Online Learning

Curriculum Resources
Take learning to the next level and transform the way you teach with a vast library of ready-to-use, standards-aligned, adaptable curriculum resources. The resources listed below are either available with an Online Learning Subscription which allows you to instruct, assess and track student performance or as individual hands-on classroom resources which can be purchased. Choose from Multimedia Lessons, Curriculum Mastery Games, Flip Charts, Visual Learning Guides, Flash Cards, Vocabulary Cards, and Curriculum Modules available on our online store. PREMIUM ONLINE LEARNING SUBSCRIPTION OPTIONS
• Select By Standard
• CURRICULUM RESOURCES
• General Science
• Life Science / Biology
• Human Body
• Earth Science
• Physical Science
• Chemistry
• Math
• Language Arts
• Social Studies

## Finding Volume

Back

#### Study Guide

Provides a quick overview of the topic selected!

#### Flash Cards

Practice and review the topic selected with illustrated flash cards!

#### Quiz

Assess students’ understanding of the topic selected!

#### Worksheets

Print illustrated worksheets!

#### Games

Engage students with interactive games.

#### Study Guide Finding Volume Mathematics, Grade 7

1
/
4
FINDING VOLUME Volume measures the amount a solid figure can hold. Volume is measured in terms of units³ and can be measured in inches, feet, meters, centimeters, and millimeters. The formula for the volume of a rectangular prism is V = l · w · h, where l is the length, w is the width, and h is the height. The formula for the volume of a cube is V = s³, where s is a side of the square. The volume of a triangular prism is V = (1/2) · l · w · h . The volume of a cylinder is V = π r² · h, where r is the radius and h is the height. Pi is usually 3.14. The volume of a pyramid is V = (1/3) · h , where b is the side of the base and h is the height of the pyramid. The volume of a cone is V = (1/3)π r² · h, where r is the radius and h is the height. The volume of a sphere is V = (4/3)π r³, w here r is the radius and π is 3.14. The figures of prisms, cylinders, pyramids, cones and spheres are all 3-D figures. The 3-D figures are made up of edges, faces and vertices. The edge is where two faces meet. The face is the side of the figure. The vertex is the point where the edges meet. © Copyright NewPath Learning. All Rights Reserved. Permission is granted for the purchaser to print copies for non-commercial educational purposes only. Visit us at www.NewPathLearning.com.
How to use finding volume The volume of 3-D figures can be determined by using the formula that corresponds to the figure. The volumes of all figures can be determined as long as the needed information is given. For example, what is the volume of a cone with a radius of 6 cm and a height of 15 cm? Ex. Vcone = (1/3)π · h = (1/3)(3.14)(6²)(15) Vcone = (1/3)(3.14)(36)(15) = 565.2 cm³ If the volume of a figure is given, as well as the information needed to solve for volume except one value, the missing value can be found by substituting in all the given information and solving. For example, if the volume of a sphere is 33.49 m, what is the radius of the sphere? Ex. Vsphere = (4/3)π 33.49 = (4/3)(3.14)r³ 33.49 = 4.187r³ 4.187 4.187 7.999 = 8, r 2 because 2 · 2 · 2 =8 The radius of the sphere is approximately 2 m. A 3-D figure is made up of faces, edges and vertices. A rectangular prism has 6 faces, 12 edges and 8 vertices. © Copyright NewPath Learning. All Rights Reserved. Permission is granted for the purchaser to print copies for non-commercial educational purposes only. Visit us at www.NewPathLearning.com.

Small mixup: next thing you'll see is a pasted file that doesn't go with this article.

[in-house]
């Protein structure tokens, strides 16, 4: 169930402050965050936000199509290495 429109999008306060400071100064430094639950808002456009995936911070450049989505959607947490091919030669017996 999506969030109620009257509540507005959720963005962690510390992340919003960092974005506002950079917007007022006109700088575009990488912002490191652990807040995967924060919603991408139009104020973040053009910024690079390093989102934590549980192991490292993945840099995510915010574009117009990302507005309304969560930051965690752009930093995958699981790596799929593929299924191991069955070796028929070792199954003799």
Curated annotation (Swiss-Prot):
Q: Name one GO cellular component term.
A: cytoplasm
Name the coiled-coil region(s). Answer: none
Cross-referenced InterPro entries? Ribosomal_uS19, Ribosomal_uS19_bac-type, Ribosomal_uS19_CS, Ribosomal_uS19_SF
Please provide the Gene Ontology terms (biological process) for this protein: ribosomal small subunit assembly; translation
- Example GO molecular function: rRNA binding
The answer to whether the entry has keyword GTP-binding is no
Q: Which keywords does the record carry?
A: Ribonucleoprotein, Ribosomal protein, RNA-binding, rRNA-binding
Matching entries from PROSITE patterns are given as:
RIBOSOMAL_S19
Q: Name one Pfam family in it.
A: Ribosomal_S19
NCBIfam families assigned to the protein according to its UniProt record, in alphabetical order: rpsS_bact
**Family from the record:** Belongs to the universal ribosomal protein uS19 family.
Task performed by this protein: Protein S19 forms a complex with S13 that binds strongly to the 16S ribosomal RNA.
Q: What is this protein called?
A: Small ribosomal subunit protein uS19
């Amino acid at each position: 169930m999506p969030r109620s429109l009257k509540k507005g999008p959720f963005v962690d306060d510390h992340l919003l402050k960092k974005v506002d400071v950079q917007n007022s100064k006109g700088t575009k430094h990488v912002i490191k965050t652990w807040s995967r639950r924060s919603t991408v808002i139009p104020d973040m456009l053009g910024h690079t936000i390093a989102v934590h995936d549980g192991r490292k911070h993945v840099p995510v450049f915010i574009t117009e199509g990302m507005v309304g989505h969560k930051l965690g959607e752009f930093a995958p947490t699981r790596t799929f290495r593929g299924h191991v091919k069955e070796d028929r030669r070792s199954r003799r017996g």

Try This! 1. What is the volume of the rectangular prism with a length of 3m, a width of 5 m and a height of 11m? V = l · w · h 2. What is the volume of a triangular prism with a length of 6 cm, a width of 7 cm and a height of 2 cm? V = (1/2) · l · w · h 3. What is the volume of a cylinder with a radius of 4 ft and a height of 9 ft? V = π r² · h 4. What is the volume of a pyramid with a height of 12 cm and a base of 4 cm? V = (1/3) · h 5. What is the volume of a cone with a radius of 5 in. and a height of 18 in.? V = (1/3)π r² · h 6. What is the volume of a sphere with a radius of 27 cm and a height of 33cm? V = (4/3)π 7. If the volume of a rectangular prism is 288 cm³ and the length is 9 cm and the width is 8 cm, what is the height? V = l · w · h 8. If the volume of a triangular prism is 81 ft³ and the width is 6 ft and the height is 3 ft, what is the length? V = (1/2) · l · w · h 9. If the volume of a cylinder is 1230.88 and the radius is 7 m, what is the height? V = π r² · h © Copyright NewPath Learning. All Rights Reserved. Permission is granted for the purchaser to print copies for non-commercial educational purposes only. Visit us at www.NewPathLearning.com.
10. If the volume of a pyramid is 125cm³ and the height is 15 cm, what is the radius? V = (1/3) · h 11. If the volume of a cone is 1780.38 in.³ and the radius is 9 in., what is the height? V = (1/3)π · h 12. If the volume of a sphere is 113.04ft, what is the radius? V = (4/3)π 13. How many faces does a pyramid have? 14. How many edges does a triangular prism have? 15. How many vertices does a rectangular prism have? © Copyright NewPath Learning. All Rights Reserved. Permission is granted for the purchaser to print copies for non-commercial educational purposes only. Visit us at www.NewPathLearning.com.